In McNulty, the Fifth Circuit Court of Appeals held that public policy precluded a tortfeasor from securing insurance coverage for punitive damages that were awarded against him for bodily injury that he caused while driving drunk. In the eyes of the McNulty court, since punitive damages are awarded for punishment and deterrence, it would serve no useful purpose if the party responsible for the wrong could shift the burden to its insurance company. The other side of the coin is Lazenby, where the Supreme Court of Tennessee was not convinced by the McNulty rationale for disallowing insurance coverage for punitive damages. The Tennessee high court concluded that it was speculative that socially irresponsible drivers would be deterred from their wrongful conduct if coverage for punitive damages were not allowed. The Lazenby court put it this way: “This State, in regard to the proper operation of motor vehicles, has a great many detailed criminal sanctions, which apparently have not deterred this slaughter on our highways and streets.”
Montrose Chemical Corp. v. Admiral Ins. Co. (Cal. 1995) (For known loss; not trigger), [enhanced version available to lexis.com subscribers]: Montrose led to the so-called “Montrose Endorsement,” the insurance industry’s response to its dissatisfaction with the Supreme Court of California’s decision that a party was permitted to purchase a liability insurance policy to cover property damage that the insured knew existed at the time of the purchase, so long as the insured’s “liability” for such property damage was still contingent and not a certainty. In 1999, ISO introduced an endorsement, which came to be known as the “Montrose Endorsement,” [followed by incorporation of this language into the October 2001 edition of its CGL form (CG 00 01)], that amended the policy’s insuring agreement by stating that, prior to the policy period, no insured knew that the “bodily injury” or “property damage” had occurred, in whole or in part. Until the Montrose Endorsement, there had never been a “known loss” provision in a standard CGL policy. The Montrose Endorsement has begun, and will continue, to shape and reshape “known loss,” which is at the heart of the granddaddy of liability concepts -- fortuity. [Montrose is also well-known for its continuous trigger aspects – but that’s not the reason for its qualification as one of the ten most significant liability coverage cases of all time.]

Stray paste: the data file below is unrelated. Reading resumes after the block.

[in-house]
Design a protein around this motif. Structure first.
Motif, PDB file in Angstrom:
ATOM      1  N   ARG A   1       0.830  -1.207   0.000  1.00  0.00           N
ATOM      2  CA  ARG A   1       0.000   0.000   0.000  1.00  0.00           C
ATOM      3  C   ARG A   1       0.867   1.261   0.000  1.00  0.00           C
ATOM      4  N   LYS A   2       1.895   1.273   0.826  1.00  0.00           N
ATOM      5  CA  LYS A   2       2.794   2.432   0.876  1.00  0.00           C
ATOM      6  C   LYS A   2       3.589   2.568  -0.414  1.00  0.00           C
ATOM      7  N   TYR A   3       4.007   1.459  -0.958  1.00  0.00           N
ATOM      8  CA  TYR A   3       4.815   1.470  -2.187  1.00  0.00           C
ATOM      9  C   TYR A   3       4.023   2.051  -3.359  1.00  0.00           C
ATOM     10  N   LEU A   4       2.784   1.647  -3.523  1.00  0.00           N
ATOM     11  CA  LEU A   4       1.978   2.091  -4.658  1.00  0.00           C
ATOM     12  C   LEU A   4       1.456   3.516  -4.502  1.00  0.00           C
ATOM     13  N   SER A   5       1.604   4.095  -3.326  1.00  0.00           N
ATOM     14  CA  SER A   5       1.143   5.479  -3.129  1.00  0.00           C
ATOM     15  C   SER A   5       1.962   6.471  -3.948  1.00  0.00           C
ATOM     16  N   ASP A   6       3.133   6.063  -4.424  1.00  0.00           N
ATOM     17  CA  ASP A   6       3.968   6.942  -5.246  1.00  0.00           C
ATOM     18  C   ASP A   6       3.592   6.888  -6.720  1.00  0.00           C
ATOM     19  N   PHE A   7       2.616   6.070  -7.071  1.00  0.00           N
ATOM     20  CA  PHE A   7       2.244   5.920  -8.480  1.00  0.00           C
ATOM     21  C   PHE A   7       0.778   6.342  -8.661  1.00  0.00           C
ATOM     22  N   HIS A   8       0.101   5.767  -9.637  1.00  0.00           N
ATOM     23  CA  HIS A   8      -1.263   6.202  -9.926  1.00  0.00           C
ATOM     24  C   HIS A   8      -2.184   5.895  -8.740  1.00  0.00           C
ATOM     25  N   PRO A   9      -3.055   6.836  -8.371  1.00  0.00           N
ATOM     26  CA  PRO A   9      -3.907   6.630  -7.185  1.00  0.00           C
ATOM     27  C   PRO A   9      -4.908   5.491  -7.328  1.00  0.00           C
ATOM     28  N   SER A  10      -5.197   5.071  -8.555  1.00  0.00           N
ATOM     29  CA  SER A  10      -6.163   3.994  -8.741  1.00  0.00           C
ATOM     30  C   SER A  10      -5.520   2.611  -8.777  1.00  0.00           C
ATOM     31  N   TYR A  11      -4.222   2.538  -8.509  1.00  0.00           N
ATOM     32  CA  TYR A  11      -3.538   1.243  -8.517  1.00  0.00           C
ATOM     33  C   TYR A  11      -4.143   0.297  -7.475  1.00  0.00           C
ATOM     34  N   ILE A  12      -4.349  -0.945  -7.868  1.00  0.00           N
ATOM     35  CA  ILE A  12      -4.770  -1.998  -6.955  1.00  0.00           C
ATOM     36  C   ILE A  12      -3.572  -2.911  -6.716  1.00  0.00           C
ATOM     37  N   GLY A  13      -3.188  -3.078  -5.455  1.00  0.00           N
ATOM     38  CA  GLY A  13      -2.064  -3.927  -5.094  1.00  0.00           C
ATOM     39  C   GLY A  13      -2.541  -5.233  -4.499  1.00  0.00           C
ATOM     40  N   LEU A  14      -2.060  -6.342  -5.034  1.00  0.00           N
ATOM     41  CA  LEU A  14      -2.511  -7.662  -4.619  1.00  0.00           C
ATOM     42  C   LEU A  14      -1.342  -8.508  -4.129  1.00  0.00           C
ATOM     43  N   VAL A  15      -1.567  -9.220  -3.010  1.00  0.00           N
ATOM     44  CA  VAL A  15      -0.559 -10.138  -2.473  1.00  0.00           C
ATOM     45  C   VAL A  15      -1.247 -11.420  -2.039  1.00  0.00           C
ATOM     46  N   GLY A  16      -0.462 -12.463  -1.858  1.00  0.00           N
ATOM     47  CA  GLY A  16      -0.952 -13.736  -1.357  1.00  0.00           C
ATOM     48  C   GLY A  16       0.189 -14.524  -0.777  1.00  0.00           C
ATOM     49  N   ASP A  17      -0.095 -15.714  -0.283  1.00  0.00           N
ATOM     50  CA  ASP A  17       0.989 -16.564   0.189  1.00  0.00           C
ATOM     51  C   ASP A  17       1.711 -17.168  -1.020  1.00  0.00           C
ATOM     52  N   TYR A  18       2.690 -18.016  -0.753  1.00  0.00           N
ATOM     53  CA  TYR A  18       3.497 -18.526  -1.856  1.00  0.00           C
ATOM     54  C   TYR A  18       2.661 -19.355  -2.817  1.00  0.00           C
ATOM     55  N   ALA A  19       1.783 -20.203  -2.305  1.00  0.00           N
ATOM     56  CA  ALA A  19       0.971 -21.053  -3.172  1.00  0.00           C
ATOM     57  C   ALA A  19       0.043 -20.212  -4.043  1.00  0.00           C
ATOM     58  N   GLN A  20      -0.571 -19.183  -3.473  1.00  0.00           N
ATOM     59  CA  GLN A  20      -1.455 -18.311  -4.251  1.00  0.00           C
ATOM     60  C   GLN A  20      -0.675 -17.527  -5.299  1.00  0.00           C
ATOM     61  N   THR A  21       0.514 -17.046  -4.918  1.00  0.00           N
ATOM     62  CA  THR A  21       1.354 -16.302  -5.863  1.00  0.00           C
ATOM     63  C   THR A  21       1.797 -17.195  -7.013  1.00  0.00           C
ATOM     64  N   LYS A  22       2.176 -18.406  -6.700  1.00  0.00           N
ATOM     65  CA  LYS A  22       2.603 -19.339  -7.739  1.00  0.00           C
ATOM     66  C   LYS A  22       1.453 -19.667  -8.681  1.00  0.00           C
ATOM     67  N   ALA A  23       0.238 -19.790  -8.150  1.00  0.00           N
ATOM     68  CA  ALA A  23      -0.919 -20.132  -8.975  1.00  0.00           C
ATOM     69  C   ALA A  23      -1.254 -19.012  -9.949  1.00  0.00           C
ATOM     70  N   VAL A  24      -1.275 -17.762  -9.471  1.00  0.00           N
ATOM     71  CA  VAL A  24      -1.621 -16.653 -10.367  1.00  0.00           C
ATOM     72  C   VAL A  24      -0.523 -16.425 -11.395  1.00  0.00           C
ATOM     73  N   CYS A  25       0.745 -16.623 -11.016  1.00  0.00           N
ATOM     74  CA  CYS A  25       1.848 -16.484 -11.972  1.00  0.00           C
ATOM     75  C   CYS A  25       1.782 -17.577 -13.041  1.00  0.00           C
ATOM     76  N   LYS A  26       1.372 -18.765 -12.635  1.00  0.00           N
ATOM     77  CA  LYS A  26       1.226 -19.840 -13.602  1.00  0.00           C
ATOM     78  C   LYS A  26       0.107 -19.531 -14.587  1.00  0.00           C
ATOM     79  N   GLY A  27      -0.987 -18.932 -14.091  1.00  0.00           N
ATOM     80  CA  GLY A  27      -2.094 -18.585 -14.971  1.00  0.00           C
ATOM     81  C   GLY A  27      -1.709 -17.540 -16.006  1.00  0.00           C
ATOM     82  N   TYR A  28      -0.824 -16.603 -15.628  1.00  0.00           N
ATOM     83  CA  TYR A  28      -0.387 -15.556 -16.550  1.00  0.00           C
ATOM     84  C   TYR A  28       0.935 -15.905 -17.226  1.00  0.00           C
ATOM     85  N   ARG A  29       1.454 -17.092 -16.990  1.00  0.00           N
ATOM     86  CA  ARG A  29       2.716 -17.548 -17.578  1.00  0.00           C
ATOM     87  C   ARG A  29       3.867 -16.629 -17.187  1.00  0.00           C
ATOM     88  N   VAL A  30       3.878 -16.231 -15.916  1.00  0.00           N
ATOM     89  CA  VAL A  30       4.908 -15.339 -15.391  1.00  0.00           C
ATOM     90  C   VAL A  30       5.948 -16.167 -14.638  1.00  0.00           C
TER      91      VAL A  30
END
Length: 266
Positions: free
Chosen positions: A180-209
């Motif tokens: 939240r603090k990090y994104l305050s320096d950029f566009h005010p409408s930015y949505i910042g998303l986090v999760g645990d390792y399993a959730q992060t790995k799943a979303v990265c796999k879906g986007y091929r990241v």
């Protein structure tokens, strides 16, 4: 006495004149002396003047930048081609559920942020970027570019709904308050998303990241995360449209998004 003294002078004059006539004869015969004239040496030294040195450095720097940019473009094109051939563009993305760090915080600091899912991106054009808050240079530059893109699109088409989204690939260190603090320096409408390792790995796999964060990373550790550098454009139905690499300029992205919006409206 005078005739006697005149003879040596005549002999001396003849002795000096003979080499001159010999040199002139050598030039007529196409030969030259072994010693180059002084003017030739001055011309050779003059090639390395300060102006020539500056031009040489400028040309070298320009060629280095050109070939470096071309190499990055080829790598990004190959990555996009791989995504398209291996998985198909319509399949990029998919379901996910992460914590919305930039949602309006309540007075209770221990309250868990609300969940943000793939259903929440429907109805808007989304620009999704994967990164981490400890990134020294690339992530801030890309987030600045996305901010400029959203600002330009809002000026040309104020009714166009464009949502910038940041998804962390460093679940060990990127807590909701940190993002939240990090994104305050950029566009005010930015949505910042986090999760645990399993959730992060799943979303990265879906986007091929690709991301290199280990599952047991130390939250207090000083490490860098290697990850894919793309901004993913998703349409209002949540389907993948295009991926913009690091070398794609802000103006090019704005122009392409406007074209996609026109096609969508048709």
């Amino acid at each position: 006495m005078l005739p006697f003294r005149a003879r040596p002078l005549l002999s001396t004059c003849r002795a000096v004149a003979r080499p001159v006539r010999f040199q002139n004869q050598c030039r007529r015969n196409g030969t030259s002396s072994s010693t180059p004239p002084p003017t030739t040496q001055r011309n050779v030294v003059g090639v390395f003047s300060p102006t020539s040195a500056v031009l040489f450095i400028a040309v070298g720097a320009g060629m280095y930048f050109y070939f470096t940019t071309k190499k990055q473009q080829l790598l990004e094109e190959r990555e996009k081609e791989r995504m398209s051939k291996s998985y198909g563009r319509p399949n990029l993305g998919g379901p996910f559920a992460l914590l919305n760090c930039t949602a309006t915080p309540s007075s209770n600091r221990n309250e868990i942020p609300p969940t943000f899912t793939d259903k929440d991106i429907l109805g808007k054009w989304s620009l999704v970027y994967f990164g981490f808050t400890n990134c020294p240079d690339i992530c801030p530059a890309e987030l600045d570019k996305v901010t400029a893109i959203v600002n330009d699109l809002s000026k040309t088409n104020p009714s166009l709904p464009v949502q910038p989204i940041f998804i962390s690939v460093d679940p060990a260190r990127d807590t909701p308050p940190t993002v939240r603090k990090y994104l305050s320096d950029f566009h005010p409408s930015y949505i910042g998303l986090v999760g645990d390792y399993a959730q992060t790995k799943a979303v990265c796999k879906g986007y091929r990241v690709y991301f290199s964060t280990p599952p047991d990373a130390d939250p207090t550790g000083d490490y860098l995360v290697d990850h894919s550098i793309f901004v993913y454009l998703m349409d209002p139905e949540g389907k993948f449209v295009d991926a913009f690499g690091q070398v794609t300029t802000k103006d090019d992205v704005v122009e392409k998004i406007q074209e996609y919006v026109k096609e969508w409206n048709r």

Kenyon v. Security Ins. Co. of Hartford (Sup. Ct. N.Y. 1993, [enhanced version available to lexis.com subscribers]: No list of the ten most significant liability coverage cases of all-time could be complete without one addressing the pollution exclusion – one of the most litigated coverage issues over the past three decades or so. Numerous cases could be chosen to take the pollution exclusion spot on this list. I give the nod to Kenyon v. Security Ins. Co. of Hartford – notwithstanding that it is a New York trial court decision from Monroe County (that’s Rochester; I had to look it up). At the heart of the surfeit of litigation over the absolute/total pollution exclusion has been whether it applies broadly, to all hazardous substances, or narrowly, to solely so-called traditional environmental pollution.